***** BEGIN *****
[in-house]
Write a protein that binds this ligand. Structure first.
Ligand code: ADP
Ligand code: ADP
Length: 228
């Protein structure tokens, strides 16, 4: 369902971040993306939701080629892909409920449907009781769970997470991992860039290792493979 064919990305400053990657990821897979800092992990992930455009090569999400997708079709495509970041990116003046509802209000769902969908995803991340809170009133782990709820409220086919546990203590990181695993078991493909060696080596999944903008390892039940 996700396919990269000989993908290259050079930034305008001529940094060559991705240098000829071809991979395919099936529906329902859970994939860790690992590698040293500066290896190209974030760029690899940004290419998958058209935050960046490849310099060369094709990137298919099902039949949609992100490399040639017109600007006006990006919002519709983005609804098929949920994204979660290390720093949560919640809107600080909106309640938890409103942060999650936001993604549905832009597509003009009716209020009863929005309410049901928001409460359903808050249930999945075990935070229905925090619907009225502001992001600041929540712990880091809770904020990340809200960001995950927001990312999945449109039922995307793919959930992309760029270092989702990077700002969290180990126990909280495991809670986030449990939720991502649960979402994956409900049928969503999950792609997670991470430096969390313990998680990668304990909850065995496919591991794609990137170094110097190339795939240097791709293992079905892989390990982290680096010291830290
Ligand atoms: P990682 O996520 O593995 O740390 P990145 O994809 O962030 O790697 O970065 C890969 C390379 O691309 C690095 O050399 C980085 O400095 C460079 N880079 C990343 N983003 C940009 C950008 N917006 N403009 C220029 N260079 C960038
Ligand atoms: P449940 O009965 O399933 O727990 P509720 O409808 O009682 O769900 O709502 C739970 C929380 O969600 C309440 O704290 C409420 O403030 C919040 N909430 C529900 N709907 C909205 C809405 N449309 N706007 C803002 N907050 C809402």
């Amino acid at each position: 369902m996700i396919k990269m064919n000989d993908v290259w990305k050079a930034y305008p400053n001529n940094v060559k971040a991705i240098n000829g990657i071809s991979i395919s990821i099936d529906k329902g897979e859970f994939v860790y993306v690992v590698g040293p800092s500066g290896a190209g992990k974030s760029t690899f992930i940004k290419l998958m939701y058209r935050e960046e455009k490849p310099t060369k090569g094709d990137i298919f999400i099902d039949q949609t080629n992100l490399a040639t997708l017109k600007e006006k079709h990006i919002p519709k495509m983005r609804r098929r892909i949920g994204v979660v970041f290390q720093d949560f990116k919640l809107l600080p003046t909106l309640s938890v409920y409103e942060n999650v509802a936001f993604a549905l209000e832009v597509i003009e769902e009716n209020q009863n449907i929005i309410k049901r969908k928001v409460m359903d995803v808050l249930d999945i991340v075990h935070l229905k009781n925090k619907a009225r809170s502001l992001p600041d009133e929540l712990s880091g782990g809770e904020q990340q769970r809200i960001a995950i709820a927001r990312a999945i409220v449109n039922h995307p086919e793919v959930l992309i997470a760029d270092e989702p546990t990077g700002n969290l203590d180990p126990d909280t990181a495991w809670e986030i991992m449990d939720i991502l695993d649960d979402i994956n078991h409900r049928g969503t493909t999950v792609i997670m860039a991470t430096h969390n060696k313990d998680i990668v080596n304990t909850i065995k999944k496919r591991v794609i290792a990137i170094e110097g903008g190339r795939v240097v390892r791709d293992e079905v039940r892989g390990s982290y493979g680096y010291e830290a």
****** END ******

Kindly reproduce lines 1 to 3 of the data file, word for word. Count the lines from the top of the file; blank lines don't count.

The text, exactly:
[in-house]
Write a protein that binds this ligand. Structure first.
Ligand code: ADP